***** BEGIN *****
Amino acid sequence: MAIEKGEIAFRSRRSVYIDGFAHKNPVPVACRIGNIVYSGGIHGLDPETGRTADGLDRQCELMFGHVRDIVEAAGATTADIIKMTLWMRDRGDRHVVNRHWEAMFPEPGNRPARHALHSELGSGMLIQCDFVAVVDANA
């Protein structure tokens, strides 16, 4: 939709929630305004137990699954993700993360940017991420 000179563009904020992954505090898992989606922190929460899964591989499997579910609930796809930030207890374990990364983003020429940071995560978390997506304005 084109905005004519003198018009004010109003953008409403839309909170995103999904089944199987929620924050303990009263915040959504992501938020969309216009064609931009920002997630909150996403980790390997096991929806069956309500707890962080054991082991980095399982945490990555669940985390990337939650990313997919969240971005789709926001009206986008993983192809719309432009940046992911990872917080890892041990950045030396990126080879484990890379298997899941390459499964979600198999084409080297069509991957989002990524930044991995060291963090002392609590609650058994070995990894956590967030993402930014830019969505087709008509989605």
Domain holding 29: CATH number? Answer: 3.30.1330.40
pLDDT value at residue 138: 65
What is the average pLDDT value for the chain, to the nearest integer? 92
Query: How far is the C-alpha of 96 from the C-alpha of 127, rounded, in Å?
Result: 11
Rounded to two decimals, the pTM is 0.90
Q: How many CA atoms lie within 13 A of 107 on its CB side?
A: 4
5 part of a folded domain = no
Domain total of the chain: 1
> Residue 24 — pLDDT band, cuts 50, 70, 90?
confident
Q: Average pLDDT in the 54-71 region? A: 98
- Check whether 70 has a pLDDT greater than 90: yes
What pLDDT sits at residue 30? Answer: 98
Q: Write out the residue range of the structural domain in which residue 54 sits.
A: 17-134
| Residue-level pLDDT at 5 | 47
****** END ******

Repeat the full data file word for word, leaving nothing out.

Amino acid sequence: MAIEKGEIAFRSRRSVYIDGFAHKNPVPVACRIGNIVYSGGIHGLDPETGRTADGLDRQCELMFGHVRDIVEAAGATTADIIKMTLWMRDRGDRHVVNRHWEAMFPEPGNRPARHALHSELGSGMLIQCDFVAVVDANA
């Protein structure tokens, strides 16, 4: 939709929630305004137990699954993700993360940017991420 000179563009904020992954505090898992989606922190929460899964591989499997579910609930796809930030207890374990990364983003020429940071995560978390997506304005 084109905005004519003198018009004010109003953008409403839309909170995103999904089944199987929620924050303990009263915040959504992501938020969309216009064609931009920002997630909150996403980790390997096991929806069956309500707890962080054991082991980095399982945490990555669940985390990337939650990313997919969240971005789709926001009206986008993983192809719309432009940046992911990872917080890892041990950045030396990126080879484990890379298997899941390459499964979600198999084409080297069509991957989002990524930044991995060291963090002392609590609650058994070995990894956590967030993402930014830019969505087709008509989605």
Domain holding 29: CATH number? Answer: 3.30.1330.40
pLDDT value at residue 138: 65
What is the average pLDDT value for the chain, to the nearest integer? 92
Query: How far is the C-alpha of 96 from the C-alpha of 127, rounded, in Å?
Result: 11
Rounded to two decimals, the pTM is 0.90
Q: How many CA atoms lie within 13 A of 107 on its CB side?
A: 4
5 part of a folded domain = no
Domain total of the chain: 1
> Residue 24 — pLDDT band, cuts 50, 70, 90?
confident
Q: Average pLDDT in the 54-71 region? A: 98
- Check whether 70 has a pLDDT greater than 90: yes
What pLDDT sits at residue 30? Answer: 98
Q: Write out the residue range of the structural domain in which residue 54 sits.
A: 17-134
| Residue-level pLDDT at 5 | 47